One of the most sinister things about pride is its ability to masquerade as something harmless. Through a million different justifications, the enemy is more than happy to help us justify our feelings. Yes, it is true that sometimes people act stupidly, but if we are honest, “people” includes us. As I alluded to earlier, if we ever want to receive grace, we must be willing to extend it.
I am always saddened when someone comes to me after a strong message and points to someone else who “needed to hear it.” The Word of God was not written to be a weapon against the people God loves. It was given as a mirror for us to check our own hearts and lives and is an invitation to become more like Jesus. 
It is specifically about the issue of pride that Jesus was speaking when he said, “Do not judge others, and you will not be judged.”  Though the quote is often misused in our modern culture to say we can’t compare someone’s life to scripture, nothing could be further from the truth. This is evidenced from the passage a few verses later, “You can identify them, by their fruit, that is, by the way they act… A good tree produces good fruit, and a bad tree produces bad fruit.” 
What is often overlooked is the significance of verses two and five. The former tells us that we will be treated as we treat others.  A wise person wants to be corrected,  but no one likes to be belittled or condemned.  The second part of verse five helps us clarify, “Hypocrite! First get rid of the log in your own eye; then you will see well enough to deal with the speck in your friend’s eye.” 
Clearly, Jesus is telling us that helping others live holy lives is a good thing, but we must first consider our own shortcomings and do so with humility and grace. This is why Paul teaches, “Brethren, if a man is overtaken in any trespass, you who are spiritual restore such a one in a spirit of gentleness, considering yourself lest you also be tempted.”  Many fail and fall today because of their unrighteous judgment of others without extending grace and accounting for their own weakness.
False Humility is Also Wrong
After reading or hearing a message on humility, there is a temptation to swing all the way over and see ourselves as worthless pond-scum. This is not true humility, but rather false-humility. Ironically false humility is a form of pride. There is tremendous irony in that we humans can be proud of being humble. (Or at least thinking we are.)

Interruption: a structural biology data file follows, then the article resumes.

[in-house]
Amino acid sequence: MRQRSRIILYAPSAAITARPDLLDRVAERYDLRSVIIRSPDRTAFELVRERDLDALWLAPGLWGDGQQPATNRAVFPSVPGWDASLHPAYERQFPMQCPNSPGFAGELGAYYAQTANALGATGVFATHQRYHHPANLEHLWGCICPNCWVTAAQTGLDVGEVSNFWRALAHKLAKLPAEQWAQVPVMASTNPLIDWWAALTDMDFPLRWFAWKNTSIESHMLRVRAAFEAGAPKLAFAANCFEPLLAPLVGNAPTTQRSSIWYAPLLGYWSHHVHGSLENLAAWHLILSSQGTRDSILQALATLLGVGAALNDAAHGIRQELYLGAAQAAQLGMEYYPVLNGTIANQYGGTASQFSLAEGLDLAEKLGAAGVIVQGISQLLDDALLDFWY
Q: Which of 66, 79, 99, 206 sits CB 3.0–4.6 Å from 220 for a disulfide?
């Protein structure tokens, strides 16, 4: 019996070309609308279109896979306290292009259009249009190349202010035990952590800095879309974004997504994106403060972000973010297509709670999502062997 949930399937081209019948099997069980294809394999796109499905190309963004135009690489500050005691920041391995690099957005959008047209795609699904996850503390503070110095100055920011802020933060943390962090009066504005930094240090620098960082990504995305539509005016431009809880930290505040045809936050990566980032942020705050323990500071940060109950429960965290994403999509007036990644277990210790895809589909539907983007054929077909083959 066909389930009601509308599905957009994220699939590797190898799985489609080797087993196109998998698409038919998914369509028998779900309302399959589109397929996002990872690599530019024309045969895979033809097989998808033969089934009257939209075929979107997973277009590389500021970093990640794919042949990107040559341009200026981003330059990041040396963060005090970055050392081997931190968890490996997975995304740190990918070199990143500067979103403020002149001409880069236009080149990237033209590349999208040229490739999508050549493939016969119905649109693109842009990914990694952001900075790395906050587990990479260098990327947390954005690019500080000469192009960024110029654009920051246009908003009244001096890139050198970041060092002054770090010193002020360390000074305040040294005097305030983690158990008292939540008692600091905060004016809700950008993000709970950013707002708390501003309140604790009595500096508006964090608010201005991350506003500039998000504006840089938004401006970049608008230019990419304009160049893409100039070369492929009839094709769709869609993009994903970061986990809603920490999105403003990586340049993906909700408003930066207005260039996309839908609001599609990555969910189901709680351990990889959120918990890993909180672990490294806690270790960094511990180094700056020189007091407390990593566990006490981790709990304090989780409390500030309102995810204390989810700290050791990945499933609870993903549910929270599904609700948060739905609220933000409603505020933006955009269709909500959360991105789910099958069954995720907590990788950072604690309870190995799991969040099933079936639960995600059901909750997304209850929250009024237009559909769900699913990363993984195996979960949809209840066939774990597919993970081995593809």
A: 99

It is not humility to belittle or minimize the blessings, talents and gifts God has placed in our lives – it is ungratefulness. I am grateful that He has made me a good speaker, musician, pastor, writer, geek, etc. I know these things, because others have told me that I have blessed them with these gifts.
The important thing here is that I recognize that these gifts were not given to puff me up, rather they were provided from my Heavenly Father to lift others up. Though I may possess the gifts, they are not mine, they come from God through me for the benefit of others. I have the blessed task of handing out God’s gifts to others. My greatest pleasure in life is seeing others become greater people of God as a result of my service. How can I take pride in something I did not create? My prayer is that long after I have returned to dust, the gifts of God that flowed through me will continue to be a blessing for generations to come.
Is Any Pride Good?
Surprisingly, the Word of God does allow us to take pride in one thing – our work.
“But let each one examine his own work, and then he will have rejoicing in himself alone, and not in another.” 
While we are not allowed to take pride in where we were born, how much money we make, what color we are, or any of those other thousands of reasons that people like to tout, we are allowed to be proud of doing a good job and being a faithful servant to the Lord Jesus Christ. This is accomplished not by comparing our work to that of others, but rather comparing our work against what God has told us to do. Then, we can be legitimately proud of ourselves without diminishing others, and can expect Heaven’s rewards to rain down.
So take pride, but be humble!